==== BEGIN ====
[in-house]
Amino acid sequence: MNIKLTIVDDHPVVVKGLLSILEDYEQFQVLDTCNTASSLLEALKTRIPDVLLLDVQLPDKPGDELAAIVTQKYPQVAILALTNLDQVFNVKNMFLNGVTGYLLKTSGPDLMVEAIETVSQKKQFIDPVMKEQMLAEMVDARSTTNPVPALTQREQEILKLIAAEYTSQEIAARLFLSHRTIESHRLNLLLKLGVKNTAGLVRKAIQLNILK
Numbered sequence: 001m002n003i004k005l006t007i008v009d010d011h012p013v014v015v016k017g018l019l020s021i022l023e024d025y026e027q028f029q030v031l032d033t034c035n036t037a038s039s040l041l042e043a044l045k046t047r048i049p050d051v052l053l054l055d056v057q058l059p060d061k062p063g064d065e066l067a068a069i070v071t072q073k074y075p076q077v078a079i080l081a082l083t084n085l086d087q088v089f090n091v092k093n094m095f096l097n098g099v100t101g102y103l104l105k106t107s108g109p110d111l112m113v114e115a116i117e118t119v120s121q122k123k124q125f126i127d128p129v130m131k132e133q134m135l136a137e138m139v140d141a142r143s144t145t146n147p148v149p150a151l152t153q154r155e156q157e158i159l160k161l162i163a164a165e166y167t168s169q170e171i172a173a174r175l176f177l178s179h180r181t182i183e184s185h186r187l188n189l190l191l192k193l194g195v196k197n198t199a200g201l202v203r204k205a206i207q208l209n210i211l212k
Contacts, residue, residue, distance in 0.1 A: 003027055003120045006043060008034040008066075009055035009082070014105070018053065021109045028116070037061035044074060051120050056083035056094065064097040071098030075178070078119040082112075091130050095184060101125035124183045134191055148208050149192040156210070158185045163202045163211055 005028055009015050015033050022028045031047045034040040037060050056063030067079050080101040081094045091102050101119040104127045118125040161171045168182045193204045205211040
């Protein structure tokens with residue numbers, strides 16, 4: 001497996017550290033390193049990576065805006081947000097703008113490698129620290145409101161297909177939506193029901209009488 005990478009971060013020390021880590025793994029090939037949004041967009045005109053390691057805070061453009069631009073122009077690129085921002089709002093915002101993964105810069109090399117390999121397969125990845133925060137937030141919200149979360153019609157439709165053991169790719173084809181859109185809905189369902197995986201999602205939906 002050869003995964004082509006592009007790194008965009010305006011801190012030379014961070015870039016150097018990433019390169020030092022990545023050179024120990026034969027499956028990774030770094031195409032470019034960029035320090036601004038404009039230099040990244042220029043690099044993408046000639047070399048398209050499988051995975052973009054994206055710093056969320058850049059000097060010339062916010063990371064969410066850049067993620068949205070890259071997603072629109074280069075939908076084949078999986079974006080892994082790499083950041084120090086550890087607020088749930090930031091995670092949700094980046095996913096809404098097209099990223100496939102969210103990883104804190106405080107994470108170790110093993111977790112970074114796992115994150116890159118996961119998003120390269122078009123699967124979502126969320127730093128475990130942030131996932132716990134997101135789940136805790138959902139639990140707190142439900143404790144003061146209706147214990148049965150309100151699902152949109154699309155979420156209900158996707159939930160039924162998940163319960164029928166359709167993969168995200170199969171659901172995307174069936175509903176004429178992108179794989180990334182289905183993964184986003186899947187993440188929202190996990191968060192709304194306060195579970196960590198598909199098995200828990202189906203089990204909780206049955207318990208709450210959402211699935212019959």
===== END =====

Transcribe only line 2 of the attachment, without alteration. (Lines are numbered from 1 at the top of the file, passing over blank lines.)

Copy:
Amino acid sequence: MNIKLTIVDDHPVVVKGLLSILEDYEQFQVLDTCNTASSLLEALKTRIPDVLLLDVQLPDKPGDELAAIVTQKYPQVAILALTNLDQVFNVKNMFLNGVTGYLLKTSGPDLMVEAIETVSQKKQFIDPVMKEQMLAEMVDARSTTNPVPALTQREQEILKLIAAEYTSQEIAARLFLSHRTIESHRLNLLLKLGVKNTAGLVRKAIQLNILK